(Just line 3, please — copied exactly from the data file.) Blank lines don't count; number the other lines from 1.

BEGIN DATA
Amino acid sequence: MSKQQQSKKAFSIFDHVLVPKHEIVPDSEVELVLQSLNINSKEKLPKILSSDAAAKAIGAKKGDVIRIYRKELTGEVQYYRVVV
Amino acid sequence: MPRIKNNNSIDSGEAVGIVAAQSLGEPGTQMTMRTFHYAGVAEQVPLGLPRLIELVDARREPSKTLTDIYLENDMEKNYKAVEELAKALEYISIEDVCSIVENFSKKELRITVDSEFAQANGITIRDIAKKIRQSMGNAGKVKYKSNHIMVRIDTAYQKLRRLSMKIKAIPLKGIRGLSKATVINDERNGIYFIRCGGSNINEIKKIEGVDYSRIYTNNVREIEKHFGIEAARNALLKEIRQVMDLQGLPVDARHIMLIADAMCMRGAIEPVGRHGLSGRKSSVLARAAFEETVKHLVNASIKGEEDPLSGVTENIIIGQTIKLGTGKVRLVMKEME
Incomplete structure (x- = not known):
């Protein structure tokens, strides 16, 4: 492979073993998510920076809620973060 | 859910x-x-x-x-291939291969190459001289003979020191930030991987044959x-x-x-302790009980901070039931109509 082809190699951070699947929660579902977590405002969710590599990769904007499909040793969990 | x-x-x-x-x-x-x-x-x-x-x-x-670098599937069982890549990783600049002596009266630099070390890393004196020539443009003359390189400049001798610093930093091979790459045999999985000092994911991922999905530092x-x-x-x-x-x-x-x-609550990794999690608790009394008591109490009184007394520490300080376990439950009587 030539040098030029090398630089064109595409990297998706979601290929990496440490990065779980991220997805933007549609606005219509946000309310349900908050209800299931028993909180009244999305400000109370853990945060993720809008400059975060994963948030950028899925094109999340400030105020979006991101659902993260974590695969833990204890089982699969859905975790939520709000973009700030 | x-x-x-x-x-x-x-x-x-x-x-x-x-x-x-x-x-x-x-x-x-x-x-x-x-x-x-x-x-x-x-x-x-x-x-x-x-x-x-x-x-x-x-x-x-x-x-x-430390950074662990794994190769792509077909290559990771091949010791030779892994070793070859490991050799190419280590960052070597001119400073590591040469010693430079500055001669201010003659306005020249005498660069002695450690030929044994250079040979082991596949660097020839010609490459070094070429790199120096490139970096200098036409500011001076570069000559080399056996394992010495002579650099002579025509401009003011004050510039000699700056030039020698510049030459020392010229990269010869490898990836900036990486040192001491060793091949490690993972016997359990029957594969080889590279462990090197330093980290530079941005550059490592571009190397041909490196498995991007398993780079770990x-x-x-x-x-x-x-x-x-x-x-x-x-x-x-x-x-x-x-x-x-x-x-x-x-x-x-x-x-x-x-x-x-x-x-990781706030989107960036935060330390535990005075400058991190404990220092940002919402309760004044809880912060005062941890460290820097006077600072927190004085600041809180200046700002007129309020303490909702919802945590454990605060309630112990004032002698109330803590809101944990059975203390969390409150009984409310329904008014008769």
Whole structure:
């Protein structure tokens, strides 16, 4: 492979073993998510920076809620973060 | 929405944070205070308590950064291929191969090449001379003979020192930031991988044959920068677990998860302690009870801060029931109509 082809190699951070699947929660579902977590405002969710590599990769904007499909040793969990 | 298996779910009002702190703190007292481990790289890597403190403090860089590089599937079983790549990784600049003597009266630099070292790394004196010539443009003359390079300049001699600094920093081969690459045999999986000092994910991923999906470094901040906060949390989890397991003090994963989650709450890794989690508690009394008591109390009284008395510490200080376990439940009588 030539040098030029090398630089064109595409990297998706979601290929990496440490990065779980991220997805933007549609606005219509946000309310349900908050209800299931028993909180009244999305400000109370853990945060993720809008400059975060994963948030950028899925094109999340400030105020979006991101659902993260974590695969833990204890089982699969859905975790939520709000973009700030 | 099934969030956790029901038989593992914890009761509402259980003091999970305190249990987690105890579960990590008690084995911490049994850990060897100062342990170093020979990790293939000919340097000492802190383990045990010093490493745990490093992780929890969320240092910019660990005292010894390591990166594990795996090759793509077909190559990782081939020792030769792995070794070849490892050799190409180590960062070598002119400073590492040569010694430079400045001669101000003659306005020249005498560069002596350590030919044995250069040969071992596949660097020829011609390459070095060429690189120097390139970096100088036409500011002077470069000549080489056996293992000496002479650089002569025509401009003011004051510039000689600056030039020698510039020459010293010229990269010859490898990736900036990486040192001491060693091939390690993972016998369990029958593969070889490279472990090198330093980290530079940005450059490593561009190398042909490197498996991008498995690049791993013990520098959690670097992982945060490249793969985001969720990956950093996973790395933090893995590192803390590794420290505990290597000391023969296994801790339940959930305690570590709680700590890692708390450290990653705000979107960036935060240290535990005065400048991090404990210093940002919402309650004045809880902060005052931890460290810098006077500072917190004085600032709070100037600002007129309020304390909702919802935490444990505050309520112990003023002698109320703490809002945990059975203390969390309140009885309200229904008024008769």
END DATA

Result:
Incomplete structure (x- = not known):